FRIDAY, March 26, 2021 (HealthDay News) – According to a March 18 study published online in Primary Care Diabetes, women are no longer likely to use contraception after being diagnosed with diabetes.
Mara E. Murray Horwitz, MD, of Harvard Medical School in Boston, and colleagues used private insurance data from non-pregnant women (ages 15 to 49; 2000 to 2014) to identify women with a new diagnosis of diabetes (75,355 people) and a matching to identify control group without diabetes (7.5 million people). The prescription or contraception rates in both groups were compared.
The researchers found that overall birth control rates did not increase in the year after diagnosis (absolute difference in difference, 0.4 percent). In the year after diagnosis, there was a decrease in estrogen-containing and injectable contraceptives (absolute difference difference, –2.2 and –0.8 percent, respectively), although there were no corresponding increases for intrauterine contraception or subdermal implants.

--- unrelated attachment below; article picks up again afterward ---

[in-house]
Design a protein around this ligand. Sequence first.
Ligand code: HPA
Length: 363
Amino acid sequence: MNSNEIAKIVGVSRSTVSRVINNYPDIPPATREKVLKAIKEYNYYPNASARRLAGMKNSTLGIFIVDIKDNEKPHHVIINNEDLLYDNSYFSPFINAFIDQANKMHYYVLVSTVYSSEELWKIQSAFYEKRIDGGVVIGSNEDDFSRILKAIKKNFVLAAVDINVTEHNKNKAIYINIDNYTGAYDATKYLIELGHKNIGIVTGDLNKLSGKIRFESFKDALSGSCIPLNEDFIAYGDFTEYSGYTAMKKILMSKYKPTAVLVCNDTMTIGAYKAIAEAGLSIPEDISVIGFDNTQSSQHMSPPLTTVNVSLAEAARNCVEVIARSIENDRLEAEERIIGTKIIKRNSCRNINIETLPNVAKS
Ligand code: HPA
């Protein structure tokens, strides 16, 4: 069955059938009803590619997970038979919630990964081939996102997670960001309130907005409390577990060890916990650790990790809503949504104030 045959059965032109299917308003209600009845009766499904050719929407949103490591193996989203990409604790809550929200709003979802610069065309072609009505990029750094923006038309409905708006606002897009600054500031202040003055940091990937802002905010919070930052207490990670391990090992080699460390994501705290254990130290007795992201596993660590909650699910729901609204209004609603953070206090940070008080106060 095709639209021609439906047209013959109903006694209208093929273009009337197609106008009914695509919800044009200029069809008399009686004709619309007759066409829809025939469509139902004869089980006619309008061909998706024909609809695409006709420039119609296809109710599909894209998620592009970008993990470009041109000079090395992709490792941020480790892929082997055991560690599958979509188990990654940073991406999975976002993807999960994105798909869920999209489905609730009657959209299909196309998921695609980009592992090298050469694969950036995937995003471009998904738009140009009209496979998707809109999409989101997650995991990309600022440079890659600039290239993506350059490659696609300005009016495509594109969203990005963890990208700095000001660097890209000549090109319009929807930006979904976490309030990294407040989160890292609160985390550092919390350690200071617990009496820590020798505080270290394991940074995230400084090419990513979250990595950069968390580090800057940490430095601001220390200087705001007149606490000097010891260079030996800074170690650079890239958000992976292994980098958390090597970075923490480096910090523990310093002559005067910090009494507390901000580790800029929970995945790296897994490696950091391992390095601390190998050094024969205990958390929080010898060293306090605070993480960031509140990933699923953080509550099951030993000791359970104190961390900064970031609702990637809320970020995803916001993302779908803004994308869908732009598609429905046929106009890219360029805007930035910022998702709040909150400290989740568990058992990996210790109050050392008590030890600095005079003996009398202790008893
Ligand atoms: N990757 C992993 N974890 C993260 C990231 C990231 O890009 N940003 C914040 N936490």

“Our results underscore the need for improved patient education, clinical support tools and care coordination to improve access to family planning – including all safe and effective contraceptive options – for women with diabetes,” the authors write.
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